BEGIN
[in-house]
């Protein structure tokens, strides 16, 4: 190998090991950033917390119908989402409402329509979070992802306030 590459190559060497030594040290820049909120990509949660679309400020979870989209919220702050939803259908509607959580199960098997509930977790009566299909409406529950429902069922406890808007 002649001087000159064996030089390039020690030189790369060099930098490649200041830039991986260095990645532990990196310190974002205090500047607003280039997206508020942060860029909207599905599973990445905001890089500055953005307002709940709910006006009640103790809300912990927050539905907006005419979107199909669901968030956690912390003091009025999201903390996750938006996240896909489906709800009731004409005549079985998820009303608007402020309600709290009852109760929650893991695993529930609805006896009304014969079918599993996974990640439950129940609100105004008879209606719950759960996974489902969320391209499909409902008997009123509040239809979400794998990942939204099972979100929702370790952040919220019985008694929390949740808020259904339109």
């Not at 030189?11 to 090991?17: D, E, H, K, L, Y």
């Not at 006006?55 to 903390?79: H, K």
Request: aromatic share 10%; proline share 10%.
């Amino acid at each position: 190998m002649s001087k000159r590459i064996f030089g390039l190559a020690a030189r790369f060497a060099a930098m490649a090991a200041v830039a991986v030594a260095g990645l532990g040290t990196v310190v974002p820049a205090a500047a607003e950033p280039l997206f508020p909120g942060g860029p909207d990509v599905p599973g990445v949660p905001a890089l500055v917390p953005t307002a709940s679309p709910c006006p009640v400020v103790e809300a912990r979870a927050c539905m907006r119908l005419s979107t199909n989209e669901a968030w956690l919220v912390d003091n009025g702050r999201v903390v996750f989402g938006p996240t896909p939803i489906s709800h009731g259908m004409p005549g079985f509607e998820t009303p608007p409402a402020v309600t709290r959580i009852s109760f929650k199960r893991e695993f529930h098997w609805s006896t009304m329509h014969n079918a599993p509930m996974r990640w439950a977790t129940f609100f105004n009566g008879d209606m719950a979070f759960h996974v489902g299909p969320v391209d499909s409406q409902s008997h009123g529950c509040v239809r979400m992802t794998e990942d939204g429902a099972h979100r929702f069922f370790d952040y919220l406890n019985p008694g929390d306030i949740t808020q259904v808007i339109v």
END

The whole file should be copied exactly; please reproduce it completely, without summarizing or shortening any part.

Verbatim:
[in-house]
């Protein structure tokens, strides 16, 4: 190998090991950033917390119908989402409402329509979070992802306030 590459190559060497030594040290820049909120990509949660679309400020979870989209919220702050939803259908509607959580199960098997509930977790009566299909409406529950429902069922406890808007 002649001087000159064996030089390039020690030189790369060099930098490649200041830039991986260095990645532990990196310190974002205090500047607003280039997206508020942060860029909207599905599973990445905001890089500055953005307002709940709910006006009640103790809300912990927050539905907006005419979107199909669901968030956690912390003091009025999201903390996750938006996240896909489906709800009731004409005549079985998820009303608007402020309600709290009852109760929650893991695993529930609805006896009304014969079918599993996974990640439950129940609100105004008879209606719950759960996974489902969320391209499909409902008997009123509040239809979400794998990942939204099972979100929702370790952040919220019985008694929390949740808020259904339109």
């Not at 030189?11 to 090991?17: D, E, H, K, L, Y």
């Not at 006006?55 to 903390?79: H, K």
Request: aromatic share 10%; proline share 10%.
């Amino acid at each position: 190998m002649s001087k000159r590459i064996f030089g390039l190559a020690a030189r790369f060497a060099a930098m490649a090991a200041v830039a991986v030594a260095g990645l532990g040290t990196v310190v974002p820049a205090a500047a607003e950033p280039l997206f508020p909120g942060g860029p909207d990509v599905p599973g990445v949660p905001a890089l500055v917390p953005t307002a709940s679309p709910c006006p009640v400020v103790e809300a912990r979870a927050c539905m907006r119908l005419s979107t199909n989209e669901a968030w956690l919220v912390d003091n009025g702050r999201v903390v996750f989402g938006p996240t896909p939803i489906s709800h009731g259908m004409p005549g079985f509607e998820t009303p608007p409402a402020v309600t709290r959580i009852s109760f929650k199960r893991e695993f529930h098997w609805s006896t009304m329509h014969n079918a599993p509930m996974r990640w439950a977790t129940f609100f105004n009566g008879d209606m719950a979070f759960h996974v489902g299909p969320v391209d499909s409406q409902s008997h009123g529950c509040v239809r979400m992802t794998e990942d939204g429902a099972h979100r929702f069922f370790d952040y919220l406890n019985p008694g929390d306030i949740t808020q259904v808007i339109v």